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Property Record Sales Info
Many functions of the Adams County Assessors office are handled through the Iowa Assessors website, including property searches, real estate searches, reducing tax liability, and a variety of other pertinent information.
How Is Your Property Tax Calculated?
(Reference a tax statement you received from your Treasurer)
The process of determining the amount of your tax bill requires the work of several local and state agencies to complete. Below is a summary of how property taxes are determined.
- The value of property is established: The Assessor estimates the value of each property which is called the “assessed value”. The assessed value of residential, commercial, industrial and multi-residential property is to be at actual or market value. The assessed value of agricultural land is determined by the Iowa Agricultural Productivity Formula and based on a five-year rolling average (currently 2013-2017) that takes into account factors at a county level such as acres in production, number of bushels produced and average market value of the crop. The total county value as determined by the formula is divided by the total county CSR2 points, to determine the $ value per CSR2. A price per CSR2 point is determined and applied to every agricultural parcel equally in the county. For further information, google “Iowa Agricultural Productivity Formula”.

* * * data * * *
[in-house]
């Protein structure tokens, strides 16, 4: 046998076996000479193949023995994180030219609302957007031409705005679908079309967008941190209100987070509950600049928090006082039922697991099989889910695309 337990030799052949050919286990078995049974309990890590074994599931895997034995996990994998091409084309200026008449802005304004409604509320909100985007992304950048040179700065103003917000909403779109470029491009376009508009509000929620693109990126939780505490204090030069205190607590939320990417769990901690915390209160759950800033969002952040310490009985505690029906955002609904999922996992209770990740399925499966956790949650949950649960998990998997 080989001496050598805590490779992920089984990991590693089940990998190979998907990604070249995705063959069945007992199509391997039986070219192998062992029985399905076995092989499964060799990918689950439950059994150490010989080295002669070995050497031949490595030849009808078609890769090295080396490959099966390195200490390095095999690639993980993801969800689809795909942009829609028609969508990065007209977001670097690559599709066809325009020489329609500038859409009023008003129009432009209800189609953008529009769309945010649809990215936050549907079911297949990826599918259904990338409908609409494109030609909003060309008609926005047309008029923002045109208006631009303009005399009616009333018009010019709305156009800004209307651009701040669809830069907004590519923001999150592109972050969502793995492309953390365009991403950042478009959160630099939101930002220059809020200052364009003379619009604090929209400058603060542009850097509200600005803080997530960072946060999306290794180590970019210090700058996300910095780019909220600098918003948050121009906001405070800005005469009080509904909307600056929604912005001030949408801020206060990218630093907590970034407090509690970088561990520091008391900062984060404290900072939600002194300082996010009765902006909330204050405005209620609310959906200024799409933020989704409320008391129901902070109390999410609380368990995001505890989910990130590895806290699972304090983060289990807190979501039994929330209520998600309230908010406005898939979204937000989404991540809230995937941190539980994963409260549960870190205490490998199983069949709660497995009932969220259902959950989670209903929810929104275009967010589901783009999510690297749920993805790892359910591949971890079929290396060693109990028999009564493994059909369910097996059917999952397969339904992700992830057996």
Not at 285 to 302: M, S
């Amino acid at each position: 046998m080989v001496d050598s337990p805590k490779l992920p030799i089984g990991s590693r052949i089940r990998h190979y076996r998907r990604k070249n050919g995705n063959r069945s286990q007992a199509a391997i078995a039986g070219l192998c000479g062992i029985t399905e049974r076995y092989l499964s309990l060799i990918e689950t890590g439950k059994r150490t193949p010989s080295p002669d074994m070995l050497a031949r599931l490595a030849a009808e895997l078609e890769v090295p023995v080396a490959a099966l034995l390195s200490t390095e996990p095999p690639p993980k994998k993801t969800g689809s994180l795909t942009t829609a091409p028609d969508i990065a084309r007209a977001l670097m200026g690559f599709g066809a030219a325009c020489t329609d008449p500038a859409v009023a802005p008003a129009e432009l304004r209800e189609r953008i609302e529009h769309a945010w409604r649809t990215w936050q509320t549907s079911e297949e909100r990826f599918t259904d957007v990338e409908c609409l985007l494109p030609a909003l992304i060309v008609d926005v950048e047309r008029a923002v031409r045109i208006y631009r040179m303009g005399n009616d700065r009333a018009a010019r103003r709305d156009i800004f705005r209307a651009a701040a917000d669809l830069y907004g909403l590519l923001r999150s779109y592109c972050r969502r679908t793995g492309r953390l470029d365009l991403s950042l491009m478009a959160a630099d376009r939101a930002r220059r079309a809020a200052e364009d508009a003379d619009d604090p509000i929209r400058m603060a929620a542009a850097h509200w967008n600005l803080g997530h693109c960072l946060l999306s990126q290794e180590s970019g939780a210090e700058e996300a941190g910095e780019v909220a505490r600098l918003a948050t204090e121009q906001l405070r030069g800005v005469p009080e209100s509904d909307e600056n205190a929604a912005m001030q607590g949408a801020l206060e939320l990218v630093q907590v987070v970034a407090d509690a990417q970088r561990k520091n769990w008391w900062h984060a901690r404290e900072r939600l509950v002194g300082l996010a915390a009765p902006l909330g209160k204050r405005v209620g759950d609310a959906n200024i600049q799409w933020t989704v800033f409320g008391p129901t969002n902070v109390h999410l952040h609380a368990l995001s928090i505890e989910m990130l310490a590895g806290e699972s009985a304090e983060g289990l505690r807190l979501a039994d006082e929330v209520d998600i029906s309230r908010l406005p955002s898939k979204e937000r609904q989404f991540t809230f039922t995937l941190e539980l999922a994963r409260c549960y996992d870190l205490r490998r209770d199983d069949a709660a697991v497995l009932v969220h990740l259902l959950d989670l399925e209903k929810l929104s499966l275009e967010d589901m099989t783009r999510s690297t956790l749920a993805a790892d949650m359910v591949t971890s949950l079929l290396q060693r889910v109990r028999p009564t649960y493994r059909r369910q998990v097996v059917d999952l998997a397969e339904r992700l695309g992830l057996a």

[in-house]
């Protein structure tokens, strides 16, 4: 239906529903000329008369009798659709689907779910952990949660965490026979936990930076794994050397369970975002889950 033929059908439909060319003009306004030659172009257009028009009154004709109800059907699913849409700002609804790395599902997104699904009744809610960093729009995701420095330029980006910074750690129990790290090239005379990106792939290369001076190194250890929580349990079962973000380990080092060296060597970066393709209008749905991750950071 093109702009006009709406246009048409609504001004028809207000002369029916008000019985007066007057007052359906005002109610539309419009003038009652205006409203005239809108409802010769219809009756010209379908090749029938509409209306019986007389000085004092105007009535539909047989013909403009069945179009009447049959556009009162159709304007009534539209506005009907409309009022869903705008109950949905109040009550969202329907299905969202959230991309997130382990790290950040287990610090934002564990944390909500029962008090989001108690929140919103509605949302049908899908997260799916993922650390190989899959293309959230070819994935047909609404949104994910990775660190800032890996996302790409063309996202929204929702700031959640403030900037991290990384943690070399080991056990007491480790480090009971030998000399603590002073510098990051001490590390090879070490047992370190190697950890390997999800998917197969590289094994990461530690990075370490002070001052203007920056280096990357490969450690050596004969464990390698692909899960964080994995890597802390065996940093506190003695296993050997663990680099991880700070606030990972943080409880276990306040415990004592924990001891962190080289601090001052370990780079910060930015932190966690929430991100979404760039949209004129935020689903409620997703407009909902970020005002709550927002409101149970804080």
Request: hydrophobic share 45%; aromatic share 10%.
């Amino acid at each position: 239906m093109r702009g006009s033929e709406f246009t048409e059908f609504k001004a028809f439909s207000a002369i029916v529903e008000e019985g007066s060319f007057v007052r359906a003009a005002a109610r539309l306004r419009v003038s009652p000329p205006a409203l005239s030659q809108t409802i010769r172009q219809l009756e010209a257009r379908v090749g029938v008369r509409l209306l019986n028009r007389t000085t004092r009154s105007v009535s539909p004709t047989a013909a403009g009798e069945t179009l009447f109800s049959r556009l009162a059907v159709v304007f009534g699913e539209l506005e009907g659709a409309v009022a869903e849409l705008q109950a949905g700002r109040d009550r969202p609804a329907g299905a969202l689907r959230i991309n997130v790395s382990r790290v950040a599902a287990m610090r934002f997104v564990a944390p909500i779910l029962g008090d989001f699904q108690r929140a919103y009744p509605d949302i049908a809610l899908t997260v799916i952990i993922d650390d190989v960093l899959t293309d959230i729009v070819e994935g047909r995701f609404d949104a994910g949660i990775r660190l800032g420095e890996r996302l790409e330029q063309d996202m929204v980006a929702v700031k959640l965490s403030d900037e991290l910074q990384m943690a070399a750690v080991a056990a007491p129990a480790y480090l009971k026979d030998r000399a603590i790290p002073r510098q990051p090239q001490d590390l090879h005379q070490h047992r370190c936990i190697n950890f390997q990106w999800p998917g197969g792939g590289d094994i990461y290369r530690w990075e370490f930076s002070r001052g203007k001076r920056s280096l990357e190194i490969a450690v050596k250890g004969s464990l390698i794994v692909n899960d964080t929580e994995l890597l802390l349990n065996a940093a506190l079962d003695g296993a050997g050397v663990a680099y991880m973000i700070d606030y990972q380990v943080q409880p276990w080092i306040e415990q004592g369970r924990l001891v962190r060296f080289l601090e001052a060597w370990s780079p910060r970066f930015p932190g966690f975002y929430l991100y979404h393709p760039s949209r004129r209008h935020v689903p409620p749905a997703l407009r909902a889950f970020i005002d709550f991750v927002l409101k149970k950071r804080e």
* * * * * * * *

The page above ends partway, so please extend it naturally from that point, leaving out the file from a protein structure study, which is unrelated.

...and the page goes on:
- The assessments of all taxable properties are added together: The Assessor totals the assessed value in each classification – Residential, Agricultural, Commercial, Industrial and Multi Residential, and reports it to the Department of Revenue.
- The Iowa Department of Revenue examines total assessed values and equalizes them: Each Assessor sends the reports, called “abstracts” to the Iowa Department Revenue. The abstract shows the total values of all real property in each jurisdiction by classification of property, not by individual property. A process called “equalization” is applied every two years to ensure that property values comply with Iowa Code.
- The “assessment limitation” is applied every year by the Auditor: This process is commonly called the “rollback” and is used in response to inflation. The application of the rollback results in taxable value in most cases.
Current Rollbacks determined by the Iowa Department of Revenue: These are applied to property in fiscal year July 1, 2018 to June 30, 2019 which are then payable fiscal year July 1, 2020 to June 30, 2021.
- 81.4832% to the value of agricultural realty outside and within incorporated cities and towns in the county, excluding dwellings located on agricultural realty.
- 55.0743% to the value of residential realty outside and within incorporated cities and towns in the county, including dwellings located on agricultural realty.
- 90.0000% to the value of commercial realty outside and within incorporated cities and towns in the county.